Councillor MC ARDLE said he was sure some mistake had been made with regard to the Finance Committee, he had spoke to Alderman FORWOOD on the subject, and he understood they lacked some £40 to £50 to complete the monument. He [Mr MC ARDLE] told Mr FORWOOD that they were prepared to meet any deficiency. Mr FORWOOD then said the matter would be receive the consideration of the Finance Committee, he also promised he would do what he could to secure a nice site. Mr MC ARDLE therefore believed that the Finance Committee must be under some sort of delusion and he thought the matter ought to be brought before them again. Mr William SHEPHERD then moved that another deputation wait upon the Finance Committee and again represent their case and explain everything it might be necessary to clear up. This was seconded by Mr James SAMUELSON and carried unanimously. A number of gentlemen were then chosen to form the deputation.
Liverpool Mercury, July 11th 1885
The memorial to the late Mr William SIMPSON
Amid many demonstrations of wide-spread sympathy, the ornamental drinking fountain erected at the Chapel St corner of St Nicholas Churchyard in memory of the late William SIMPSON, was last evening unveiled. Mr SIMPSON was, as everyone knows, very popular in the city, and the slender tribute to his memory was at its unveiling witnessed by thousands of persons, Sir James PICTON on the invitation of the memorial committee unveiled the fountain.
The Mayor [Mr Alderman RADCLIFFE] was present in his official capacity, and the company included the following, the Rev Canon LESTER [honorary treasurer of the Memorial Committee], Sir James A. PICTON, John YATES. C.C, S. B. PACKARD [ex-American consul], Joseph NIXON [Chester], J. CARTER, J. W. HARRISON Snr, Samuel STOTT, J. Bennett ANDERSON, J. W. FAIRBROTHER [honorary secretary], Joseph ROGERSON [Sculptor of the fountain], Thomas COX [Architect], W. BLOOD, George BENSON, D. W. DAVISON, J. W. HARRISON Jnr, Richard JONES, Scott ANDERSON, Alfred ARMITAGE, J. HAWLEY. C.C, Thomas GRIEVE, G. W. WYNNE, A. HUBBACK, John HENDERSON, Charles MC ARDLE, James SAMUELSON, Thomas BELL, James MC ARDLE, George GLOVER, Henry VAUGHAN, Edward BUTCHER, J. R. MACDONALD, William CROSS and members of the family of the late William SIMPSON.
At the onset of the proceedings Mr J. W. FAIRBROTHER stated that he had received a large number of letters from gentlemen in various parts of the country expressing sympathy with the movement. Among others Mr W. CROSFIELD and Mr R. D. HOLT, wrote apologising for their absence owing to other arrangements and giving expression to the sense of the good work of the late Mr SIMPSON.
The Rev Canon LESTER [received with applause] on rising to introduce Sir James PICTON said, he was glad to see with them the Mayor who represented so unusually well the trade and commerce, the activities and benevolence of the city, [applause] and they welcomed Sir James PICTON as representing Liverpool's scholarly dignity, research and art [applause]. They had met to do honour to the memory of one who had been seriously missed since he had been called from this earth [applause], missed because he was a friend to those in perplexity. He helped those in distress and was every ready to do a kindness and good. The speaker having referred to Mr SIMPSON'S efforts in behalf of the distress among the South Wales colliers and in Ireland by means of his now famous bowl, by which he raised large sums of money, and in other ways, said they must have William SIMPSON remembered because he was a man who would do a kindness, was not afraid of trouble and had a sound heart. ["Hear, hear" and applause].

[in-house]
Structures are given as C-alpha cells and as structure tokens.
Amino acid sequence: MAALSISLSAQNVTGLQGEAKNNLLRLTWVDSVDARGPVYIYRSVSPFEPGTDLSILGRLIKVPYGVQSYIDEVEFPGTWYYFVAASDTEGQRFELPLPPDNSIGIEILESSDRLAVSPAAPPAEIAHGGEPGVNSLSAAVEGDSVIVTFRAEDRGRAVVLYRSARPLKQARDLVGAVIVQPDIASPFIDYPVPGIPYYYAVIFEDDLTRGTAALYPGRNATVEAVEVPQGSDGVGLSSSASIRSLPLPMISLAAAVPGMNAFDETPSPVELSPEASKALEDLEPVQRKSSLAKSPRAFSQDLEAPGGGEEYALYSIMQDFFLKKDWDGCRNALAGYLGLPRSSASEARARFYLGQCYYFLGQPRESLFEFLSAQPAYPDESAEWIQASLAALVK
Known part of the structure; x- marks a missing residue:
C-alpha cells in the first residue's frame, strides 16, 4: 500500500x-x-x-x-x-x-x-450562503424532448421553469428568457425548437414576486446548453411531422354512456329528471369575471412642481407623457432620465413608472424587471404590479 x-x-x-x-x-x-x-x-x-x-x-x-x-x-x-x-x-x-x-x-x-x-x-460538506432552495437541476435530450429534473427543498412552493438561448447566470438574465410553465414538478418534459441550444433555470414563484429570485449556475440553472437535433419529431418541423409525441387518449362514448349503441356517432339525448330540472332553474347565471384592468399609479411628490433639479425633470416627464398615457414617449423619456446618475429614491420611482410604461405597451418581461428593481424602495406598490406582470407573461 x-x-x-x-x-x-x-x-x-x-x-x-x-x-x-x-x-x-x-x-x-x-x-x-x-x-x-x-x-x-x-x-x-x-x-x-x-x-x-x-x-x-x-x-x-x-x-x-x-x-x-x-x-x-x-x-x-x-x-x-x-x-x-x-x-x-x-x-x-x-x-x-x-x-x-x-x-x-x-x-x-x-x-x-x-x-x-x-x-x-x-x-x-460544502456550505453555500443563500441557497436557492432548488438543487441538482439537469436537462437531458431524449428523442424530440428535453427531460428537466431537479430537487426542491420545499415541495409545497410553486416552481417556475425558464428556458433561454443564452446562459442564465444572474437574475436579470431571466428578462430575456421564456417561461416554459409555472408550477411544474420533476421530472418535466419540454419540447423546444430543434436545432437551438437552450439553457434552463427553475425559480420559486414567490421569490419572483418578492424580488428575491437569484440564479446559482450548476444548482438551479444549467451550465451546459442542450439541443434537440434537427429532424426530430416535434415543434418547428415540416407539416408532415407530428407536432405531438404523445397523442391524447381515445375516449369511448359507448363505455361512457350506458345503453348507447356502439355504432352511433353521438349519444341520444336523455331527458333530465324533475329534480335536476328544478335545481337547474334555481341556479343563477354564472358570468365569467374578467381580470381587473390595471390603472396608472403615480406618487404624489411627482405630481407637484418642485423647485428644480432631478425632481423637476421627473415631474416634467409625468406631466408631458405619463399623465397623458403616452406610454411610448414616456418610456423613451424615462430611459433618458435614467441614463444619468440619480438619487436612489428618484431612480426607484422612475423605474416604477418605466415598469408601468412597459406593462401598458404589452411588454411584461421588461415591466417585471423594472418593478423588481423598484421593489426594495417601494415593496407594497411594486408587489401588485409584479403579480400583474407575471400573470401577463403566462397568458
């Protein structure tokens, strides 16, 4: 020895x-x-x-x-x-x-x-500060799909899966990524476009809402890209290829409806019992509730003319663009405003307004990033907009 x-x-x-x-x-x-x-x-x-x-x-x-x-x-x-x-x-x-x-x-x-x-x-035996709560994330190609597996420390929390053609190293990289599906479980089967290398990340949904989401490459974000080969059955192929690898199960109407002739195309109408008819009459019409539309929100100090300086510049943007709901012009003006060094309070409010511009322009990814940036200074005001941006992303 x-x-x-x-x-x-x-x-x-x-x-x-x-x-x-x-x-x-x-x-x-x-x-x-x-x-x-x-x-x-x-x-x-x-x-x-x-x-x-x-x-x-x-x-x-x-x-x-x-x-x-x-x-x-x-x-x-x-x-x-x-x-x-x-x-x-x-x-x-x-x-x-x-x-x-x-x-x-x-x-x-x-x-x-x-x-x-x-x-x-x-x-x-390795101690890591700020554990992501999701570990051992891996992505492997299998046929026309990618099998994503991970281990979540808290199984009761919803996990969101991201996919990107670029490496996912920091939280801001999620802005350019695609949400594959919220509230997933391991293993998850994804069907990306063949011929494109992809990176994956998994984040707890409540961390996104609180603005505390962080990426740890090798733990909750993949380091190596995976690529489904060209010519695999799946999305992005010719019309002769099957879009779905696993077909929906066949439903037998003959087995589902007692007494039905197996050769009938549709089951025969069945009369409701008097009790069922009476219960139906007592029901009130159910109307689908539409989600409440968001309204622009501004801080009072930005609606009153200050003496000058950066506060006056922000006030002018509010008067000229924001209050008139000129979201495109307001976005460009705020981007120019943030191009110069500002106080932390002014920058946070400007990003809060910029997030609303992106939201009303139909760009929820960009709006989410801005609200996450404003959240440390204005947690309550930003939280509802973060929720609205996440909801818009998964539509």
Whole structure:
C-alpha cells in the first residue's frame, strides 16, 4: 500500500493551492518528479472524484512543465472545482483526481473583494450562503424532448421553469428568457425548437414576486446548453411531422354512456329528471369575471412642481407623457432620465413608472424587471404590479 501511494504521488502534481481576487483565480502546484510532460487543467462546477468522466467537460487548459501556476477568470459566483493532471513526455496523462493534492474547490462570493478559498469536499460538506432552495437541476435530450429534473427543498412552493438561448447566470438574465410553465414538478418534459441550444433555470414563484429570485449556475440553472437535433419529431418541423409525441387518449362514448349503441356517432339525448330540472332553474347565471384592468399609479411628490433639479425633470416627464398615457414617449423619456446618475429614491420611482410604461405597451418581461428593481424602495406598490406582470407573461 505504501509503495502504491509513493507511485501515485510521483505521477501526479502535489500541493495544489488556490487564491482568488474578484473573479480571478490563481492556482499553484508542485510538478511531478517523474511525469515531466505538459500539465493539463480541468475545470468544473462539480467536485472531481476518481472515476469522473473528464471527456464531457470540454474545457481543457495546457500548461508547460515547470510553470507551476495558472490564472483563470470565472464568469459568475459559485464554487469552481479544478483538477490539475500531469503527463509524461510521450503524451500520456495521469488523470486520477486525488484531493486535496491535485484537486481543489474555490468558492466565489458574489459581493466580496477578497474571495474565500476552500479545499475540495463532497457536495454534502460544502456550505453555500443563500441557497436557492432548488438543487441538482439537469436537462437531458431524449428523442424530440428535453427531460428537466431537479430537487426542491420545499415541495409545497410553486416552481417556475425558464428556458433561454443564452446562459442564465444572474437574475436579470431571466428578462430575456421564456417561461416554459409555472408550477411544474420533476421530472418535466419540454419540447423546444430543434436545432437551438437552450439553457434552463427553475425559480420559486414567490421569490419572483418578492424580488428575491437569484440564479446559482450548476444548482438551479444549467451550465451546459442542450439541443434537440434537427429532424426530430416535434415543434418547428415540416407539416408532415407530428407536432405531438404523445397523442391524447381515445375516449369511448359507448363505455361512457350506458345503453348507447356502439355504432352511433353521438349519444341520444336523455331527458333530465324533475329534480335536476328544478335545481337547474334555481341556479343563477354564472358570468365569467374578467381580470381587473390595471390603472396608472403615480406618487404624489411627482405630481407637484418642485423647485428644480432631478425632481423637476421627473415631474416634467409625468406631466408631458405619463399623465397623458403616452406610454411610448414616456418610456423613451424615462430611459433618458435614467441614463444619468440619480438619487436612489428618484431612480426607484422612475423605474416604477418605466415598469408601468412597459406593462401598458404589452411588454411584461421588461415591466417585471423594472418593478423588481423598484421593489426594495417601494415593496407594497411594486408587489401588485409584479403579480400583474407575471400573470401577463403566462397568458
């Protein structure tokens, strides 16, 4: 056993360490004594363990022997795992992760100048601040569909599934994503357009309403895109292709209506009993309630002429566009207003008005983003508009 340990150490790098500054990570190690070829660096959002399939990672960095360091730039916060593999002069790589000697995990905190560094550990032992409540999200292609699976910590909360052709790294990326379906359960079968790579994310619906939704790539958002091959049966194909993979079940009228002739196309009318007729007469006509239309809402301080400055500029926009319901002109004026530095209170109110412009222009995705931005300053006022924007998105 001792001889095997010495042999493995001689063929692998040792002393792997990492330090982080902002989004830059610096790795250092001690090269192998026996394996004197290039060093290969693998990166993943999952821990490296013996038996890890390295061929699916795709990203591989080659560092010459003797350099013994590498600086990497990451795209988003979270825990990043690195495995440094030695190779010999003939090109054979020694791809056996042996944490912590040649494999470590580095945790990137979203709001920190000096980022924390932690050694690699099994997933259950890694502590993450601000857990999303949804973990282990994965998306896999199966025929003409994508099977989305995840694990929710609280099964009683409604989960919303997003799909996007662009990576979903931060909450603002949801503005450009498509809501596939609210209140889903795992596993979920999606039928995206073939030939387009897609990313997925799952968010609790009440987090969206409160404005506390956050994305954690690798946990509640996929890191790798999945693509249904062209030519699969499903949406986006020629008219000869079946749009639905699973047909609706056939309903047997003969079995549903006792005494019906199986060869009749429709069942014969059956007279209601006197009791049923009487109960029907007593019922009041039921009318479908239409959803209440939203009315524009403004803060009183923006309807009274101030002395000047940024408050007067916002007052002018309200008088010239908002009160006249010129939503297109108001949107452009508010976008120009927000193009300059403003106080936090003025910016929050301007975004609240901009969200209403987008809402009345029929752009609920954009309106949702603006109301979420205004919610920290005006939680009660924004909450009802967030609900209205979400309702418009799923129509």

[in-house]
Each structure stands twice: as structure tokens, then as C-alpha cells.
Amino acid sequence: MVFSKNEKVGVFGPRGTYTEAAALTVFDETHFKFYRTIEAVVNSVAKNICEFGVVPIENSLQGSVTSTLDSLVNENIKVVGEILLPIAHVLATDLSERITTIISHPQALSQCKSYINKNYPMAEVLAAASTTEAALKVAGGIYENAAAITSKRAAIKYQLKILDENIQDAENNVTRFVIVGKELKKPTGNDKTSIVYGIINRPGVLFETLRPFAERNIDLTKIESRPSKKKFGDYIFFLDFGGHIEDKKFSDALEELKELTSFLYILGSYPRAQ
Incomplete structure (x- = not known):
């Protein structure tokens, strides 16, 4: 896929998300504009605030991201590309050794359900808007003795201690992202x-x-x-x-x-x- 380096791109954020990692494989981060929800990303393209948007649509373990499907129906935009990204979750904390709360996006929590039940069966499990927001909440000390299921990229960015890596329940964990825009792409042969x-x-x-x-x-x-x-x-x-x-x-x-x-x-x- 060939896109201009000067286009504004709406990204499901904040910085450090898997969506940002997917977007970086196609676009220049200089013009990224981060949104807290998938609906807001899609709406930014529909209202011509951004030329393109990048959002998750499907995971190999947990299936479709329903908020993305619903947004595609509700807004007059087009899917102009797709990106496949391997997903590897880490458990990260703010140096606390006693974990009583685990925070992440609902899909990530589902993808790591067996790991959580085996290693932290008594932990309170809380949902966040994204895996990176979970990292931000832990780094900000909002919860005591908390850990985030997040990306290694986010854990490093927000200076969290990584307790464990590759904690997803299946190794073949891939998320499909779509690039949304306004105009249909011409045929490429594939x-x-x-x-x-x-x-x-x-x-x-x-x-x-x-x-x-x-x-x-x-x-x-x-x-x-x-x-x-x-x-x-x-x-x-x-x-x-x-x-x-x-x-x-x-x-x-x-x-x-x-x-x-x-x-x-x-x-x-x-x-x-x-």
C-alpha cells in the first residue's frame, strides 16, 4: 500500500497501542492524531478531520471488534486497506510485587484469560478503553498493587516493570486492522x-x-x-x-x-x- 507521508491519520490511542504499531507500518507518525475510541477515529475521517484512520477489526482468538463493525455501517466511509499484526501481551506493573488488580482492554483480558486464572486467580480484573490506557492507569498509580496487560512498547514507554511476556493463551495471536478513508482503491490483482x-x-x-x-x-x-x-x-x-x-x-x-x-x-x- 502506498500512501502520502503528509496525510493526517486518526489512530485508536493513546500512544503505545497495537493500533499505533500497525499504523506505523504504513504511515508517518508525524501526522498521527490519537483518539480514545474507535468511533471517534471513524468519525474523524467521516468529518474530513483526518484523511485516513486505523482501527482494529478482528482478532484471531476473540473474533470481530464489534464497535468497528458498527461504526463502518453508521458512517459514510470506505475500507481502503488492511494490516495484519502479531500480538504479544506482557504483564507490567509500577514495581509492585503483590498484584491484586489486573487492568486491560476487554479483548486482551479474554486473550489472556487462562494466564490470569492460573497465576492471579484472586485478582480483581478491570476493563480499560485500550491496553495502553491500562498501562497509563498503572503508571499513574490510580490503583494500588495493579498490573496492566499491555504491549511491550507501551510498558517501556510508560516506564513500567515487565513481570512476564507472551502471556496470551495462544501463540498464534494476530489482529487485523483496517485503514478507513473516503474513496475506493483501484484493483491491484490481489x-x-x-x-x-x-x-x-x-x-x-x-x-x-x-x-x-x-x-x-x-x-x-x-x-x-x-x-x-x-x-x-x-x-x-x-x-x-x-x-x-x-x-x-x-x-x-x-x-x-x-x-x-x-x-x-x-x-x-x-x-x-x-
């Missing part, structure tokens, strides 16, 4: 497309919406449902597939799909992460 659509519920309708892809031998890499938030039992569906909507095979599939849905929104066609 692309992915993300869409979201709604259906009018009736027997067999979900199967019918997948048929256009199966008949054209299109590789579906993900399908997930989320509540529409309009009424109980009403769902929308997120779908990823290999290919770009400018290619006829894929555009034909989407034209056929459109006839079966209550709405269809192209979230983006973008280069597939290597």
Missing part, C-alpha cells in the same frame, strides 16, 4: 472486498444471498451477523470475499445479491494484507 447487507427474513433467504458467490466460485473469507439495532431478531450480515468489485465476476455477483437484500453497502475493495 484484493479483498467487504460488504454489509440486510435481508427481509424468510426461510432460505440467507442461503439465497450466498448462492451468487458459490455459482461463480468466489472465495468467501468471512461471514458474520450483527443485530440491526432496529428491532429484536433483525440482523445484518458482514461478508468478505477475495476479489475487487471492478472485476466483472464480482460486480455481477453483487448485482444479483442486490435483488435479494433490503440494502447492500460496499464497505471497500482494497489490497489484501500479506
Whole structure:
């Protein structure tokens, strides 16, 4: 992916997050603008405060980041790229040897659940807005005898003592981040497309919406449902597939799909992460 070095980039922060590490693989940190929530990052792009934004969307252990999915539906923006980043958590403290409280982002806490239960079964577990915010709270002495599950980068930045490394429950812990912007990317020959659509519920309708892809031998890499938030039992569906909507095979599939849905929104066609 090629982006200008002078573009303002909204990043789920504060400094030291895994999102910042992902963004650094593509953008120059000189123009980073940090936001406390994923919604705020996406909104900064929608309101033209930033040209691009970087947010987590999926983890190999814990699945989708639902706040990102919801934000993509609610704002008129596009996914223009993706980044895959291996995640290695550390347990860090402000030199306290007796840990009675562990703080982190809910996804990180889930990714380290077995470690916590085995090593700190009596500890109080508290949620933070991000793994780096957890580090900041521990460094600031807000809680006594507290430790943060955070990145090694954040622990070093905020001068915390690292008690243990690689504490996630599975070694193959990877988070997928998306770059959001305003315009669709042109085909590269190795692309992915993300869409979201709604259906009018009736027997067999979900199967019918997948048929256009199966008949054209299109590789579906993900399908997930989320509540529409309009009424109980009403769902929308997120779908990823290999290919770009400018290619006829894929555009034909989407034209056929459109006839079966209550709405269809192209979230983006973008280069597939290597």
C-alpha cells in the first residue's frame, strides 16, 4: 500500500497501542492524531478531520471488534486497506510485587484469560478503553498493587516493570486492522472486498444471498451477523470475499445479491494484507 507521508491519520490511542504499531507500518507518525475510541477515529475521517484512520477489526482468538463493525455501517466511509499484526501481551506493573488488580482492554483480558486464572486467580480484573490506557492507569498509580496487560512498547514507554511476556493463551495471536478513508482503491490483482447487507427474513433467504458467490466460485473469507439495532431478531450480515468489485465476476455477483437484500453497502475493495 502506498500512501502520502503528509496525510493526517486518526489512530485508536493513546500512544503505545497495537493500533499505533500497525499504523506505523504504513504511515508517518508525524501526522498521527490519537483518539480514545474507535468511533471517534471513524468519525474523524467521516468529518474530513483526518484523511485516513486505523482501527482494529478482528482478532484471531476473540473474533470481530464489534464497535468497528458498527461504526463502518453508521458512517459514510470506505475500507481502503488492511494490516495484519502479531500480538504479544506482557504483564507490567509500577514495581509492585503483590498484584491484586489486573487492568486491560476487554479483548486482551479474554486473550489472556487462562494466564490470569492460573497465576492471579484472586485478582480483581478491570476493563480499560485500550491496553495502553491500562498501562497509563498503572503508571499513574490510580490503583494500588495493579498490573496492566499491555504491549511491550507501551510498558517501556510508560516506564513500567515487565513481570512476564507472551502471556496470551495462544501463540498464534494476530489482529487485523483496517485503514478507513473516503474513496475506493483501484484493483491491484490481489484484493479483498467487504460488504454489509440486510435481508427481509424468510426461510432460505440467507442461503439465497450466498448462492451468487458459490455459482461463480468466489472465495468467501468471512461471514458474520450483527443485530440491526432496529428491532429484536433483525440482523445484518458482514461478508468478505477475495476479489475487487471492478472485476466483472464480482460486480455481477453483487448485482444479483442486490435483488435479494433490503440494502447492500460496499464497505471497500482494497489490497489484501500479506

The fountain was then unveiled by Sir J. A. PICTON, amid loud applause from the large assembly. The structure is of an artistic design, the body of the fountain is of hard Yorkshire stone from the Bolton Wood Quarries, considered the most durable of its kind, the base and plinth of Dalbeattie granite in large blocks, and finished with a finely-picked face, the only polished section being the bowl, which forms a nice contrast with the rough surface. Above this bowl is a proportioned arched recess divided into panels. In the tympanum is a circular medallion in bronze of the late William SIMPSON, a very good portrait and worthy the master's hand of Mr ROGERSON the sculptor. In the centre panel are the words in bronze lettering, "Simpson fountain", on a polished Aberdeen red granite slab. Below this again we have the water supply to the fountain, the tap, plate, cups, chains, etc, being designed in keeping with the rest of the work. Provision is also made for an overflow from the basin to the trough for dogs, etc, below, which will, the committee trust, be found useful during the summer season. Above the arched opening, the surface of the wall is pierced with tracery and carving between, mullions, transoms etc, of unique character finishing with an embattled cornice. Setting back from this is the dome-shaped roof carved out in one large stone, the apex block terminating in a carved foliated corona. On the angle buttresses of the structure which is semi-hexagonal, are conventional lions supporting shields which could have borne monograms of figures but for the resolution adopted by the Council. The style adopted for the fountain is in keeping with the well designed tower of St Nicholas's Church and the adjacent boundary wall, gateway etc. In selecting this period of Gothic art, the designer has had recourse to precedents in our own country, also fountains in France and Germany. In the former country, examples are found of monumental fountains exceeding in richness and detail any such work found on this island of ours. The contract for the whole of the work was carried out by Mr ROGERSON the well known sculptor of this city. All the bronze castings were executed under the entire superintendence of Messers J and R. COOPER of London Rd, from models supplied by Mr ROGERSON. The designer and consulting architect for the entire work was Mr Thomas COX, of 40 Castle St, whose drawings were selected in a limited competition by the Simpson Memorial Committee.